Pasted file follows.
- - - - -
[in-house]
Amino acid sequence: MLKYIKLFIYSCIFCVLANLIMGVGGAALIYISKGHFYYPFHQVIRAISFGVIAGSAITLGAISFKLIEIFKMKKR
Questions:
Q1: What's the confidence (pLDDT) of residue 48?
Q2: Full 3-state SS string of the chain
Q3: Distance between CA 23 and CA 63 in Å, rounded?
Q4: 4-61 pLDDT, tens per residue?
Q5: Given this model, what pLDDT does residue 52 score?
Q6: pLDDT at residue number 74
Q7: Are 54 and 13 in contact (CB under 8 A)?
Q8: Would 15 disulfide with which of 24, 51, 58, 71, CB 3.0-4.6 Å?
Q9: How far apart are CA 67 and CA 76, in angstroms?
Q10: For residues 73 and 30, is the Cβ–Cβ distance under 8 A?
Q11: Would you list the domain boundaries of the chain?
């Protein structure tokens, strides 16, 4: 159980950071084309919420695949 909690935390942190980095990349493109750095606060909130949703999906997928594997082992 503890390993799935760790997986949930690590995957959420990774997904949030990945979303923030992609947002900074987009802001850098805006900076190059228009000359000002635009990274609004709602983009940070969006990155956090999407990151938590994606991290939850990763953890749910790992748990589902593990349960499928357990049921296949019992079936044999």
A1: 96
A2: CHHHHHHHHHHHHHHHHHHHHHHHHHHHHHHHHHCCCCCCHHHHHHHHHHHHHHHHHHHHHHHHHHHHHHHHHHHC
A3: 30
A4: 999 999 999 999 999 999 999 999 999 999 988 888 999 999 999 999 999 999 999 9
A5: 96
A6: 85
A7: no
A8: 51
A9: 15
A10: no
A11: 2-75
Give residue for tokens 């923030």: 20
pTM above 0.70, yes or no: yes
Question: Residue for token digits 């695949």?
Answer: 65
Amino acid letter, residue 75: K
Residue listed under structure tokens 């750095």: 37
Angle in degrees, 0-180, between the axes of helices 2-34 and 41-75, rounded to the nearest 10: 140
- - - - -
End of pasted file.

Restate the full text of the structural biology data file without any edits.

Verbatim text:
[in-house]
Amino acid sequence: MLKYIKLFIYSCIFCVLANLIMGVGGAALIYISKGHFYYPFHQVIRAISFGVIAGSAITLGAISFKLIEIFKMKKR
Questions:
Q1: What's the confidence (pLDDT) of residue 48?
Q2: Full 3-state SS string of the chain
Q3: Distance between CA 23 and CA 63 in Å, rounded?
Q4: 4-61 pLDDT, tens per residue?
Q5: Given this model, what pLDDT does residue 52 score?
Q6: pLDDT at residue number 74
Q7: Are 54 and 13 in contact (CB under 8 A)?
Q8: Would 15 disulfide with which of 24, 51, 58, 71, CB 3.0-4.6 Å?
Q9: How far apart are CA 67 and CA 76, in angstroms?
Q10: For residues 73 and 30, is the Cβ–Cβ distance under 8 A?
Q11: Would you list the domain boundaries of the chain?
């Protein structure tokens, strides 16, 4: 159980950071084309919420695949 909690935390942190980095990349493109750095606060909130949703999906997928594997082992 503890390993799935760790997986949930690590995957959420990774997904949030990945979303923030992609947002900074987009802001850098805006900076190059228009000359000002635009990274609004709602983009940070969006990155956090999407990151938590994606991290939850990763953890749910790992748990589902593990349960499928357990049921296949019992079936044999």
A1: 96
A2: CHHHHHHHHHHHHHHHHHHHHHHHHHHHHHHHHHCCCCCCHHHHHHHHHHHHHHHHHHHHHHHHHHHHHHHHHHHC
A3: 30
A4: 999 999 999 999 999 999 999 999 999 999 988 888 999 999 999 999 999 999 999 9
A5: 96
A6: 85
A7: no
A8: 51
A9: 15
A10: no
A11: 2-75
Give residue for tokens 């923030």: 20
pTM above 0.70, yes or no: yes
Question: Residue for token digits 């695949």?
Answer: 65
Amino acid letter, residue 75: K
Residue listed under structure tokens 């750095």: 37
Angle in degrees, 0-180, between the axes of helices 2-34 and 41-75, rounded to the nearest 10: 140